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The Plague

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The Plague
If there is one part of life that humans have trouble overcoming it is natural disasters. They are unexpected, incurable, and often unconquerable. One specific type of natural disaster is that of sickness. Plagues are disastrous evil afflictions of an epidemic disease causing a high rate of mortality. A historically famous plague in the fourteenth and fifteenth century is the Black or Bubonic Plague. The social and economic effects of the plague in Europe were harmful to the population and economy.
The Black Plague is an Oriental Plague marked by inflammatory boils and tumors of the glands. Such break outs were found in no other feverish disease. Inflammatory boils often appeared and black spots which indicated decomposition of the body ultimately appeared on the skin. Another symptom of the plague was openings with a discharge of offensive matter.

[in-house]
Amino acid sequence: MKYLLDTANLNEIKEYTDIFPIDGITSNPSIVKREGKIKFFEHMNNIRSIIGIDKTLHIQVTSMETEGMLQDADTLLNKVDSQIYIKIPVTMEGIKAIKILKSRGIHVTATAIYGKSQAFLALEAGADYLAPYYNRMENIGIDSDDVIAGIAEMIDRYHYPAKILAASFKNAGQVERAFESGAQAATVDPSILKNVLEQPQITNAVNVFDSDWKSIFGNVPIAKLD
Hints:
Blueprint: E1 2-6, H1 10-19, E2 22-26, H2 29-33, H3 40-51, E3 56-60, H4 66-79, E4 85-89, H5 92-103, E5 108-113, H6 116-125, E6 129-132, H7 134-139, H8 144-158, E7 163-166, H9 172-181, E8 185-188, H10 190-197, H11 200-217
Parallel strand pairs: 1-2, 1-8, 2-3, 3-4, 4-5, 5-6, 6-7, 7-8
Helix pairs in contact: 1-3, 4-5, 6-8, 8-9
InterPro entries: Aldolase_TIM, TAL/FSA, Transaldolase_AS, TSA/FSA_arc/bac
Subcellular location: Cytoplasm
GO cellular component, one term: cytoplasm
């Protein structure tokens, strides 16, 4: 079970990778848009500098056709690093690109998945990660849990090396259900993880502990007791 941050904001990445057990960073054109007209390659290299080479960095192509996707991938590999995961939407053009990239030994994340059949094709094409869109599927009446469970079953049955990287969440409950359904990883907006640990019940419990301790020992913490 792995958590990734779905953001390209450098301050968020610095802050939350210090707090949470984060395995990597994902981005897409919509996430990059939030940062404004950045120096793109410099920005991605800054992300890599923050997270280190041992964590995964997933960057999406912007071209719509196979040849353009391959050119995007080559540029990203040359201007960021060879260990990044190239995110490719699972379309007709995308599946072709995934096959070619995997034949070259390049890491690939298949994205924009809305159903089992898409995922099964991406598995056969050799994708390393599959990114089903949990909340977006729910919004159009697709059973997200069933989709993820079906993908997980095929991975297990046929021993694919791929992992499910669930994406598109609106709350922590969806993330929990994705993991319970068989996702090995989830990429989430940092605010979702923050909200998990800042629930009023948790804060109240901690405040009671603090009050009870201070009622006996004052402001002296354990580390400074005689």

Due to the significant pain and rapid spread of the plague medicine was ultimately never found, although attempted. People consumed in the plague died within three days of getting it. The plague began in 1333, fifteen years before it broke out in Europe. Many natural disasters were engulfing the Asian countries; floods, starvation, droughts, and the plague. A drought and food shortage had crucified the country which was started by floods of the Kiang and Hoai Rivers. After all of these disastrous events still an earthquake, continued floods, and food shortage ended in late 1300’s.
Around 1339 in northwestern Europe, the population was beginning to outgrow the food supply and a severe economic crisis began to take place. The winters were extremely cold and the summers were dry. Due to this extreme weather, very low crops produced and those that grew were dying. Inflation became a common occurrence and as food shortage broke out, people began to worry. The time period of approximately 1339 to 1346 is now...

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